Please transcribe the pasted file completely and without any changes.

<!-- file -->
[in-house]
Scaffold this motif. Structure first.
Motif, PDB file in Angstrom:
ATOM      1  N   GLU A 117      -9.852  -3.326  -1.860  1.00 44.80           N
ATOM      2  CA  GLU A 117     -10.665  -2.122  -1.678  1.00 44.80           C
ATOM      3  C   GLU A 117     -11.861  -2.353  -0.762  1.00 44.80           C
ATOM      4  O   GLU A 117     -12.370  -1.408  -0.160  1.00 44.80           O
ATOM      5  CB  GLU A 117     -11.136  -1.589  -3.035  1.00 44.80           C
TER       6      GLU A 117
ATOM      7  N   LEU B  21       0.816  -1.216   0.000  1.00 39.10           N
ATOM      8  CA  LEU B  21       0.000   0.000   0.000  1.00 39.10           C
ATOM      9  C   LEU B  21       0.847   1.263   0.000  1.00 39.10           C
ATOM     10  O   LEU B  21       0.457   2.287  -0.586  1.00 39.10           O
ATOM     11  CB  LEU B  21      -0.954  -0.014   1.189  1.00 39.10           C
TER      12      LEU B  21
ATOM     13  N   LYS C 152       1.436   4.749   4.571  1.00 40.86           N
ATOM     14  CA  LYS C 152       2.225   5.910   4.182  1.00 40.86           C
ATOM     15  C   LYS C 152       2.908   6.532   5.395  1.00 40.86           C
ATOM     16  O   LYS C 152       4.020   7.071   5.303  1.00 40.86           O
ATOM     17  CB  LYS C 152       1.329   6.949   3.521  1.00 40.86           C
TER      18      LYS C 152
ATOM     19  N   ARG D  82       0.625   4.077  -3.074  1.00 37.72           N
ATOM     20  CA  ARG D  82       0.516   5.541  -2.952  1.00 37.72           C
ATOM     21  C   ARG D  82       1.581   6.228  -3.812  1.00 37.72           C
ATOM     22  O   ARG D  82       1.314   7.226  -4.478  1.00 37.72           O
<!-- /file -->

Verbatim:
[in-house]
Scaffold this motif. Structure first.
Motif, PDB file in Angstrom:
ATOM      1  N   GLU A 117      -9.852  -3.326  -1.860  1.00 44.80           N
ATOM      2  CA  GLU A 117     -10.665  -2.122  -1.678  1.00 44.80           C
ATOM      3  C   GLU A 117     -11.861  -2.353  -0.762  1.00 44.80           C
ATOM      4  O   GLU A 117     -12.370  -1.408  -0.160  1.00 44.80           O
ATOM      5  CB  GLU A 117     -11.136  -1.589  -3.035  1.00 44.80           C
TER       6      GLU A 117
ATOM      7  N   LEU B  21       0.816  -1.216   0.000  1.00 39.10           N
ATOM      8  CA  LEU B  21       0.000   0.000   0.000  1.00 39.10           C
ATOM      9  C   LEU B  21       0.847   1.263   0.000  1.00 39.10           C
ATOM     10  O   LEU B  21       0.457   2.287  -0.586  1.00 39.10           O
ATOM     11  CB  LEU B  21      -0.954  -0.014   1.189  1.00 39.10           C
TER      12      LEU B  21
ATOM     13  N   LYS C 152       1.436   4.749   4.571  1.00 40.86           N
ATOM     14  CA  LYS C 152       2.225   5.910   4.182  1.00 40.86           C
ATOM     15  C   LYS C 152       2.908   6.532   5.395  1.00 40.86           C
ATOM     16  O   LYS C 152       4.020   7.071   5.303  1.00 40.86           O
ATOM     17  CB  LYS C 152       1.329   6.949   3.521  1.00 40.86           C
TER      18      LYS C 152
ATOM     19  N   ARG D  82       0.625   4.077  -3.074  1.00 37.72           N
ATOM     20  CA  ARG D  82       0.516   5.541  -2.952  1.00 37.72           C
ATOM     21  C   ARG D  82       1.581   6.228  -3.812  1.00 37.72           C
ATOM     22  O   ARG D  82       1.314   7.226  -4.478  1.00 37.72           O